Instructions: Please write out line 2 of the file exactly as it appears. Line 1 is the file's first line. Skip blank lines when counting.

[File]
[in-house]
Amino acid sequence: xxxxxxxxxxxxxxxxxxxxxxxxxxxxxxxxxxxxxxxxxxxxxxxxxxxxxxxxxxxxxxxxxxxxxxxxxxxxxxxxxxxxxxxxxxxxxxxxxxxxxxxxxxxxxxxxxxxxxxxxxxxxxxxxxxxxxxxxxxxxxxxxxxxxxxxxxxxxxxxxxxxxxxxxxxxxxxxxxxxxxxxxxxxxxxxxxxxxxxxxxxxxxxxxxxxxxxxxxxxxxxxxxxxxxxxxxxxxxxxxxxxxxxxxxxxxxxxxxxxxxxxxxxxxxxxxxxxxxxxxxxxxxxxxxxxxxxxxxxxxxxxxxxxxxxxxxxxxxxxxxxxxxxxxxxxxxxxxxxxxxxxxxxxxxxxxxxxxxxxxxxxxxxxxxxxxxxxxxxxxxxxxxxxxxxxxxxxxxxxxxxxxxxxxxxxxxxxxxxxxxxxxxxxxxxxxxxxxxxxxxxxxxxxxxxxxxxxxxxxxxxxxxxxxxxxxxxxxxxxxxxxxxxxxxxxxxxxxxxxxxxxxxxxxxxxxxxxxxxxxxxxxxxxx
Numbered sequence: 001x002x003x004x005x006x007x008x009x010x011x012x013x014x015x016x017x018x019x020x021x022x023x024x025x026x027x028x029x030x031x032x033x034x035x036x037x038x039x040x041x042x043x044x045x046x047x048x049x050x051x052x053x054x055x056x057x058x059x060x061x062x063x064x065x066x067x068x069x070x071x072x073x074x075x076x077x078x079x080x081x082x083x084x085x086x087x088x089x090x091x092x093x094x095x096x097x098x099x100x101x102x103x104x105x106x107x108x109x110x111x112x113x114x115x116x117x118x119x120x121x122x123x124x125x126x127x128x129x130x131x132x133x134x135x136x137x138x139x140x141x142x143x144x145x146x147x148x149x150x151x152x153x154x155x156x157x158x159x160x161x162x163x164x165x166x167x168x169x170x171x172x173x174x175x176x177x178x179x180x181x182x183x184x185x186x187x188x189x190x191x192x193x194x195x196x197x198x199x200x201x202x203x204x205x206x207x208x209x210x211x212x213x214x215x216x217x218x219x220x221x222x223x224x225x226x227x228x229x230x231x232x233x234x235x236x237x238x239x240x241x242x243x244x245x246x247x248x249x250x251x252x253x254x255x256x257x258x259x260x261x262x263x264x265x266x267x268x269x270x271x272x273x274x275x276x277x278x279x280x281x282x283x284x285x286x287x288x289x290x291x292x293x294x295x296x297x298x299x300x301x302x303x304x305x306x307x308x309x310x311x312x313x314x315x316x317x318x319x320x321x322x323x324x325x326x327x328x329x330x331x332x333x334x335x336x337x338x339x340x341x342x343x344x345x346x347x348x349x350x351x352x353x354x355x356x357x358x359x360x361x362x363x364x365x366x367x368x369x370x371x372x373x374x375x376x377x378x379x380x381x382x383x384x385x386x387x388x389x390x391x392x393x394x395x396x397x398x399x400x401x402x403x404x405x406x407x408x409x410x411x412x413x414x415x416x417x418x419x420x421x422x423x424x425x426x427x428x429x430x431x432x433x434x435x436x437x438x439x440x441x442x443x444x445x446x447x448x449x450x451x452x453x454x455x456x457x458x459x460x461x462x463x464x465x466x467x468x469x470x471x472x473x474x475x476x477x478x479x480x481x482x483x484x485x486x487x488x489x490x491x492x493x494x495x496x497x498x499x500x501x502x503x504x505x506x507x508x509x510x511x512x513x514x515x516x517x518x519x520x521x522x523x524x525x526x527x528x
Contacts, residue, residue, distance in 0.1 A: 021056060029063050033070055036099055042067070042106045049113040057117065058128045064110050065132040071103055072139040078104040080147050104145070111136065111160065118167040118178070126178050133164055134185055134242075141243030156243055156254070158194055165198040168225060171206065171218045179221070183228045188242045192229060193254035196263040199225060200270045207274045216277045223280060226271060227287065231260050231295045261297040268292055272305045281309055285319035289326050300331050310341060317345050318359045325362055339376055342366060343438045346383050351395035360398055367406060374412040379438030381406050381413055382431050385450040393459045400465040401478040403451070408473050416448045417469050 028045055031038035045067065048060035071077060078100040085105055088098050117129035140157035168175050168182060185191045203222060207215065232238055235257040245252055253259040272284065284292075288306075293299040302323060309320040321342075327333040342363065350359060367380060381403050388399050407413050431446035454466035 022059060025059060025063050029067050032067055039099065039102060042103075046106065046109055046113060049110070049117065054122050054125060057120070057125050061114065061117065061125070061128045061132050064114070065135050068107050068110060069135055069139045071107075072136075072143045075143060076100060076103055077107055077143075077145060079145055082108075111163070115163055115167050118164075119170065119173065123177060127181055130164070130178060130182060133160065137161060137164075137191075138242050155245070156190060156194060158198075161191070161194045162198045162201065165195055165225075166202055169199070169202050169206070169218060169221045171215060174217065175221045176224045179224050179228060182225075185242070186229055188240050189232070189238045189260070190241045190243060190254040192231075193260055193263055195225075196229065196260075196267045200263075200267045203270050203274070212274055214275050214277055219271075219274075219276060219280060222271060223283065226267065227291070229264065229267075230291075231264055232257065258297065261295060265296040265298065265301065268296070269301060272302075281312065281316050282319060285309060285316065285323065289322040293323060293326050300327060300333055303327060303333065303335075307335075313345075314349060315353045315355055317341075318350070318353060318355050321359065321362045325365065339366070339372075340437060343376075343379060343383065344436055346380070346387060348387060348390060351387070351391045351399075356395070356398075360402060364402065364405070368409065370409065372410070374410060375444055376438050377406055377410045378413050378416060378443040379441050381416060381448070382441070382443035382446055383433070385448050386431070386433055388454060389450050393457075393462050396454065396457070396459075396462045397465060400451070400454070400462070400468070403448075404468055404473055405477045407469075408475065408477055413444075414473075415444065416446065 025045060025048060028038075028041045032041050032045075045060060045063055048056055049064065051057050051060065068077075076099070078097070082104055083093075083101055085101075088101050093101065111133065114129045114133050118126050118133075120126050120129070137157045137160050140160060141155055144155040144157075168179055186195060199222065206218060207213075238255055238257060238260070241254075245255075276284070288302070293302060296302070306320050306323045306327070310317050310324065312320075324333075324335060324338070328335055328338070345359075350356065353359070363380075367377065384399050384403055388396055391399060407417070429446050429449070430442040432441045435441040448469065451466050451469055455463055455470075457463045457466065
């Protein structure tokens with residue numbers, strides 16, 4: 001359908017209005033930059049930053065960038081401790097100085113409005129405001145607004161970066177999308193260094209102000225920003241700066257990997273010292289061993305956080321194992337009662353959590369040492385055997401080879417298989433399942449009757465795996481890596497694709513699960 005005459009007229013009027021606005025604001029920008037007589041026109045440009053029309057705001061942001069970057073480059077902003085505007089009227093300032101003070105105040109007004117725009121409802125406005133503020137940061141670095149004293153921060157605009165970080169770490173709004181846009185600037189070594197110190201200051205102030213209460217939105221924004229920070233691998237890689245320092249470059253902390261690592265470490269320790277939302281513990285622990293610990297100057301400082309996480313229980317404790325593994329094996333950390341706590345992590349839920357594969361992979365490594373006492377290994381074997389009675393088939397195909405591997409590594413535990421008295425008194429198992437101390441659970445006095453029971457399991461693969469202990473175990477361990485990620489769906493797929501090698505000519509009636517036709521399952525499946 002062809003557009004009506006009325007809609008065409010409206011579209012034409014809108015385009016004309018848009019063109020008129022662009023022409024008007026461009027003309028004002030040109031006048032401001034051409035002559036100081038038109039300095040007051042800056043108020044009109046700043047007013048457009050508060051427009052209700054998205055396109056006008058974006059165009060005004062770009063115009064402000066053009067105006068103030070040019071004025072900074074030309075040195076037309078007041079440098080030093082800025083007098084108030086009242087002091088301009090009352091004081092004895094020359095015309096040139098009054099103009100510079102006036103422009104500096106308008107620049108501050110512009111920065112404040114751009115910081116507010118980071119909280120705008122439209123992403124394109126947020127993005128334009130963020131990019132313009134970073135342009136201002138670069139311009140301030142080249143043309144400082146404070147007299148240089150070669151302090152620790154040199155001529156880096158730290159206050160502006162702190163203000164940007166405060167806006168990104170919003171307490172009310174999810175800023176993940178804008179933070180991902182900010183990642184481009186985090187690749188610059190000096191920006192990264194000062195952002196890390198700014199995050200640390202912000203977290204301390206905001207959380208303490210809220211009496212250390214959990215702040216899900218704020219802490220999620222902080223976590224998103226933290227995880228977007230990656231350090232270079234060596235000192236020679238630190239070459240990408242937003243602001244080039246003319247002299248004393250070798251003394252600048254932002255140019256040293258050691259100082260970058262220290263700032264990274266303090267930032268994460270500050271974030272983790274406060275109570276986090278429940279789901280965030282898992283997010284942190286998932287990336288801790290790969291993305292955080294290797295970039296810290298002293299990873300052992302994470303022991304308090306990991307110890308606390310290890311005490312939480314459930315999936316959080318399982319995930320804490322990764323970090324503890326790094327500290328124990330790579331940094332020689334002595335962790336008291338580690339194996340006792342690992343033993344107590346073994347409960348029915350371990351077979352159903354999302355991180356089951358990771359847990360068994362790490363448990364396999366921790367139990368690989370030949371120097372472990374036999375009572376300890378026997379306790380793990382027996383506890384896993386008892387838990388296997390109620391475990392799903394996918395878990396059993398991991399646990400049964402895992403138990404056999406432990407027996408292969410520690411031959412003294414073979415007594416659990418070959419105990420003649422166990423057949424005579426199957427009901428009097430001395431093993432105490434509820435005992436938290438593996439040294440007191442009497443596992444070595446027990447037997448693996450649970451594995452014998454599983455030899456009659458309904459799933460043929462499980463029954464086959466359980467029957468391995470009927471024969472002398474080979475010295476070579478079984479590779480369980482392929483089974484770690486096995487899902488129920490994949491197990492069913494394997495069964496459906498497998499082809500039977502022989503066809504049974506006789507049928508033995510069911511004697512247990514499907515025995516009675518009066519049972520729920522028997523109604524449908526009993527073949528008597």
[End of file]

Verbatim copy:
Amino acid sequence: xxxxxxxxxxxxxxxxxxxxxxxxxxxxxxxxxxxxxxxxxxxxxxxxxxxxxxxxxxxxxxxxxxxxxxxxxxxxxxxxxxxxxxxxxxxxxxxxxxxxxxxxxxxxxxxxxxxxxxxxxxxxxxxxxxxxxxxxxxxxxxxxxxxxxxxxxxxxxxxxxxxxxxxxxxxxxxxxxxxxxxxxxxxxxxxxxxxxxxxxxxxxxxxxxxxxxxxxxxxxxxxxxxxxxxxxxxxxxxxxxxxxxxxxxxxxxxxxxxxxxxxxxxxxxxxxxxxxxxxxxxxxxxxxxxxxxxxxxxxxxxxxxxxxxxxxxxxxxxxxxxxxxxxxxxxxxxxxxxxxxxxxxxxxxxxxxxxxxxxxxxxxxxxxxxxxxxxxxxxxxxxxxxxxxxxxxxxxxxxxxxxxxxxxxxxxxxxxxxxxxxxxxxxxxxxxxxxxxxxxxxxxxxxxxxxxxxxxxxxxxxxxxxxxxxxxxxxxxxxxxxxxxxxxxxxxxxxxxxxxxxxxxxxxxxxxxxxxxxxxxxxxxxxx